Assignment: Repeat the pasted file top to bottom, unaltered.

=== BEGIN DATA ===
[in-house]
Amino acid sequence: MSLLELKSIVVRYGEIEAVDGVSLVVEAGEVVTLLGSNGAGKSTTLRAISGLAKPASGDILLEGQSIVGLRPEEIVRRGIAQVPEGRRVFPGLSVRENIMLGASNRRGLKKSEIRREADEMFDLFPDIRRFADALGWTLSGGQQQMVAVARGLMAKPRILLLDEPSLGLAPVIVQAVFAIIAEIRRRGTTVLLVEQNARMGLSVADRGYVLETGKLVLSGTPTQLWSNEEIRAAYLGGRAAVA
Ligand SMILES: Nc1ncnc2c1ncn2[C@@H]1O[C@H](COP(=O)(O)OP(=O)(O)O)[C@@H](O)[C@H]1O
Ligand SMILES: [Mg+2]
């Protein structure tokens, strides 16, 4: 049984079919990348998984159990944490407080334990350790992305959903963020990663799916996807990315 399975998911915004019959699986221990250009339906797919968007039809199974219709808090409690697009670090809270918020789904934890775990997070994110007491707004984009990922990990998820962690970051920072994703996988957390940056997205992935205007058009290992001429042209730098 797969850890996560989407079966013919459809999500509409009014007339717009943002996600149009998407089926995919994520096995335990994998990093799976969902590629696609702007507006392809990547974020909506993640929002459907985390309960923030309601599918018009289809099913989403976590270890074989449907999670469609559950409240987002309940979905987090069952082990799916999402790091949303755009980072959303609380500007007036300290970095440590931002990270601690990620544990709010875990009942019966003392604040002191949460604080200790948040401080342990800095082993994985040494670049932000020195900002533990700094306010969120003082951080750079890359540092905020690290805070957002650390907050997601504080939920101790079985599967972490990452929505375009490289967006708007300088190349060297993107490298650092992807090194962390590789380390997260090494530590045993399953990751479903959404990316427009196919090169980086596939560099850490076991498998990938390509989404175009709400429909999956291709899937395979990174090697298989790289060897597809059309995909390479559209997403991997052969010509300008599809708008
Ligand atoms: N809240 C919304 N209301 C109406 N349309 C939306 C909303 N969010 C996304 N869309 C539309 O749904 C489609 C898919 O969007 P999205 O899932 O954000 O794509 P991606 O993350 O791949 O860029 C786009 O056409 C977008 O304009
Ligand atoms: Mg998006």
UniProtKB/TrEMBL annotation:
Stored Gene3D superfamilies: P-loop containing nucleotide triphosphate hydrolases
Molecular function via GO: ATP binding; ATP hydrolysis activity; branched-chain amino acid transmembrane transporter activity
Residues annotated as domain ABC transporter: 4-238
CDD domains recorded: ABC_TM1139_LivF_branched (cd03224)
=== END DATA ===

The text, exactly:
[in-house]
Amino acid sequence: MSLLELKSIVVRYGEIEAVDGVSLVVEAGEVVTLLGSNGAGKSTTLRAISGLAKPASGDILLEGQSIVGLRPEEIVRRGIAQVPEGRRVFPGLSVRENIMLGASNRRGLKKSEIRREADEMFDLFPDIRRFADALGWTLSGGQQQMVAVARGLMAKPRILLLDEPSLGLAPVIVQAVFAIIAEIRRRGTTVLLVEQNARMGLSVADRGYVLETGKLVLSGTPTQLWSNEEIRAAYLGGRAAVA
Ligand SMILES: Nc1ncnc2c1ncn2[C@@H]1O[C@H](COP(=O)(O)OP(=O)(O)O)[C@@H](O)[C@H]1O
Ligand SMILES: [Mg+2]
């Protein structure tokens, strides 16, 4: 049984079919990348998984159990944490407080334990350790992305959903963020990663799916996807990315 399975998911915004019959699986221990250009339906797919968007039809199974219709808090409690697009670090809270918020789904934890775990997070994110007491707004984009990922990990998820962690970051920072994703996988957390940056997205992935205007058009290992001429042209730098 797969850890996560989407079966013919459809999500509409009014007339717009943002996600149009998407089926995919994520096995335990994998990093799976969902590629696609702007507006392809990547974020909506993640929002459907985390309960923030309601599918018009289809099913989403976590270890074989449907999670469609559950409240987002309940979905987090069952082990799916999402790091949303755009980072959303609380500007007036300290970095440590931002990270601690990620544990709010875990009942019966003392604040002191949460604080200790948040401080342990800095082993994985040494670049932000020195900002533990700094306010969120003082951080750079890359540092905020690290805070957002650390907050997601504080939920101790079985599967972490990452929505375009490289967006708007300088190349060297993107490298650092992807090194962390590789380390997260090494530590045993399953990751479903959404990316427009196919090169980086596939560099850490076991498998990938390509989404175009709400429909999956291709899937395979990174090697298989790289060897597809059309995909390479559209997403991997052969010509300008599809708008
Ligand atoms: N809240 C919304 N209301 C109406 N349309 C939306 C909303 N969010 C996304 N869309 C539309 O749904 C489609 C898919 O969007 P999205 O899932 O954000 O794509 P991606 O993350 O791949 O860029 C786009 O056409 C977008 O304009
Ligand atoms: Mg998006």
UniProtKB/TrEMBL annotation:
Stored Gene3D superfamilies: P-loop containing nucleotide triphosphate hydrolases
Molecular function via GO: ATP binding; ATP hydrolysis activity; branched-chain amino acid transmembrane transporter activity
Residues annotated as domain ABC transporter: 4-238
CDD domains recorded: ABC_TM1139_LivF_branched (cd03224)